Remember June 2012? India was gripped by financial crisis. The despair in India was palpable. The Indian growth story was officially over. To use S&P’s metaphor, the angel’s wings were clipped. Read the introduction to our article in Knowledge@Wharton on June 22, 2012:
- “Standard & Poor’s warns that India could become the first “fallen angel” among the BRICS countries (Brazil, Russia, India, China and South Africa) and Fitch has cut India’s rating outlook to negative. All indicators of business confidence reflect the growing gloom.”
There was reason for gloom. The problems were real and seemed intractable. The financial cognoscenti had given up on India. What they didn’t realize is those are precisely the periods when India is to be bought, to be embraced.
We thought so and argued so in the last section of our article in Knowledge@Wharton titled Leading Question: Can India Be the First ‘Fallen Angel’ to Fly Again? S&P had used the metaphor of an angel with clipped wings to describe India. We used this metaphor in our concluding section Growing New Wings to argue that India could be the first fallen angel among BRICS to fly again. This seemed nuts in June 2012 and a prominent Indian-American media executive publicly scoffed at our prediction.
What was our case for India’s resurgence in our article?
- “What could go right for India? Could the country, the first emerging market to fall, become the first to rise again?”
- “I believe this could happen – for several reasons. Frankly, the steep fall in the rupee has been a blessing for India. …”
- “A global slowdown might actually make India more attractive than other emerging markets that rely on exports, chiefly commodity exports. In contrast, India benefits from falling commodity prices. A fall in oil and agricultural commodities could cool down Indian inflation and allow the RBI to cut interest rates. These cyclical factors could add to the real structural strength of the Indian economy and boost consumer demand.”
- “Contrast this with China where, according to a Financial Times article, “demand is fading fast.” The article states, “With demand weak… to many parts of the economy…[this] feels like deflation, as corporates appear to be losing pricing power….At this moment… the economy needs a new structural breakthrough.” Other emerging markets, dependent on commodity exports, could suffer from China’s waning demand. This makes India’s real, secular, structural consumer demand story both unique and attractive.”
- “So India, the first BRIC and major emerging market to fall, could end up being the first to recover with a cyclically positive story of low inflation, falling interest rates and the structurally positive story of secular demand. America, the first country to suffer a credit bust in 2008, is widely recognized today as the first economy to emerge from the bust. India could end up being the first economy to come out of a global emerging market bust.”
What do you know? In this joyous week of Diwali, we all get to celebrate India’s victory over the financial darkness of 2012. Today, India is not just flying but soaring in the financial sky like a modern Garud. The performance of India towers over the performance of other BRICS & even above most developed markets.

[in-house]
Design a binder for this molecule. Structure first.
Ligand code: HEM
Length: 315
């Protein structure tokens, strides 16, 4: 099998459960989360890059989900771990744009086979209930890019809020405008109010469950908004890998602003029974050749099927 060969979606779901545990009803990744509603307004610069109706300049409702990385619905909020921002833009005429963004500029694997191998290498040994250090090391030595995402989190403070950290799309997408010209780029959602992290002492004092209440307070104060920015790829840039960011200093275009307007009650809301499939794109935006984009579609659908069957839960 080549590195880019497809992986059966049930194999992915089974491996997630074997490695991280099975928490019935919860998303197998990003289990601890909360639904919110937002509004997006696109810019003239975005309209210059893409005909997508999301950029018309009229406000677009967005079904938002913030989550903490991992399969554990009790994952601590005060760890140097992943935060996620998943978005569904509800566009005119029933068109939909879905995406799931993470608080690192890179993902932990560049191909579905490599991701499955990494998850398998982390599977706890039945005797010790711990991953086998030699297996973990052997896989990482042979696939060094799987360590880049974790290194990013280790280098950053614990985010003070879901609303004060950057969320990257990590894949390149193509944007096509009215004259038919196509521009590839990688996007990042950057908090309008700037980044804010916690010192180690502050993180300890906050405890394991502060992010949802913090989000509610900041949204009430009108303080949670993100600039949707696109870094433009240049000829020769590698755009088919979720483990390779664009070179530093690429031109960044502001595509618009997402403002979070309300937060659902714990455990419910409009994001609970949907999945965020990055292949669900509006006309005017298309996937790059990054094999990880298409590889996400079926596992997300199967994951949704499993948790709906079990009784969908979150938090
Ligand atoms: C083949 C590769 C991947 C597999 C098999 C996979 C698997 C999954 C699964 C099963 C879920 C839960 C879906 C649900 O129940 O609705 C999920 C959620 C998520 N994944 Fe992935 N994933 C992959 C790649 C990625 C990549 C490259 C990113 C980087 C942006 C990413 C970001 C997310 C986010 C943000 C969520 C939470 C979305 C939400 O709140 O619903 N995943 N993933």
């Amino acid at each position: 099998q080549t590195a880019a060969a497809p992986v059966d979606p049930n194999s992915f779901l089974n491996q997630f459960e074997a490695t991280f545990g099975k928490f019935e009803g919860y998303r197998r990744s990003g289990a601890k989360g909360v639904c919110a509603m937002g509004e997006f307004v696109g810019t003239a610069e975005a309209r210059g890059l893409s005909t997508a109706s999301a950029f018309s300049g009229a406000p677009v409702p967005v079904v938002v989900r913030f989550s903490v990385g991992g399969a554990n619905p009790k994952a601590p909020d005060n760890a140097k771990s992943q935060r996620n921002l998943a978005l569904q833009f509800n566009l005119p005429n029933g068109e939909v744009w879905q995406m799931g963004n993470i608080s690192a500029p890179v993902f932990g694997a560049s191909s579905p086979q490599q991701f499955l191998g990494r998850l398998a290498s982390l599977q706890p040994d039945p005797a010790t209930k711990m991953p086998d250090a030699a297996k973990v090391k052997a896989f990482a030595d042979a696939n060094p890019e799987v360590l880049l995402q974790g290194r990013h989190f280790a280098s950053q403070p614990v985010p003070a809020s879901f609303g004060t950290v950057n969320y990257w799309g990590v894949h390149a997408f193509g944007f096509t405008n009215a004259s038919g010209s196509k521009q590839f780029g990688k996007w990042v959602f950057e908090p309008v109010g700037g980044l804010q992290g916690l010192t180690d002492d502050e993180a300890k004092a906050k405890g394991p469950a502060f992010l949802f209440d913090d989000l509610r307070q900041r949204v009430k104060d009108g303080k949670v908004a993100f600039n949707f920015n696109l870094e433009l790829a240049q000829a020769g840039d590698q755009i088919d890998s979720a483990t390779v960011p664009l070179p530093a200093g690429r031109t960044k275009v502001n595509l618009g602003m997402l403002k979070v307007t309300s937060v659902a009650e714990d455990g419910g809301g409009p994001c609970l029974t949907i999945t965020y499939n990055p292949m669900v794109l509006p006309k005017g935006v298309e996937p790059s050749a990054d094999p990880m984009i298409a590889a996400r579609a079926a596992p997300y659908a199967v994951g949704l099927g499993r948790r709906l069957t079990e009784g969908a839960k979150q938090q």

Look at the numbers. When measured from June 22, 2012, the date of our article, India (measured in EPI, the Wisdom Tree ETF), is up 39% while Brazil down 7%, Russia down 26%, China up 24% and South Africa up 4.1%. The broad emerging market index (EEM) is only up 8.5% since June 22, 2012.
India stands unique in today’s world. The specter of deflation haunts Europe, China & Japan. Look the chart tweeted this past Monday by Ambrose Evans-Pritchard of the Telegraph:
- A Evans-Pritchard @AmbroseEP – HSCB’s David Bloom today. “negative inflation surprises intensifying” in G7/Asia.
India stands virtually unique in this deflationary world. It is the old story of Ice & Fire. Deflation is like ice that pervades the economy and stifles growth. The global economy runs the risk of entering a Global Cooling period or worse an ice-like age.
India stands virtually unique because it has Fire, the fire of secular demand in today’s low demand world. An economy cannot get growth, cannot generate inflation, unless the economy contains robust consumer demand for goods & services. India is blessed with robust secular demand that will remain strong for the next decade or two.
In this season of Diwali, it is necessary to remember the importance Indian Dharma places on Agni, the Divine Fire. The sacred fire is at the center of every Indian religious function, a reminder that without fire, the world sinks in the darkness of ice, whether physical, mental or financial. It is Agni that provides the light on earth just as it is the Sun that provides light to our galaxy.
Editor’s PS; Kudos to the 2012 editor & the editorial team of Knowledge@Wharton. It must have been difficult for them to accept our bullish thesis amidst the deep gloom and contempt that had gripped Rating agencies, Wall Street & the Cognoscenti in June 2012. We appreciated their courage in June 2012 and we applaud it today.
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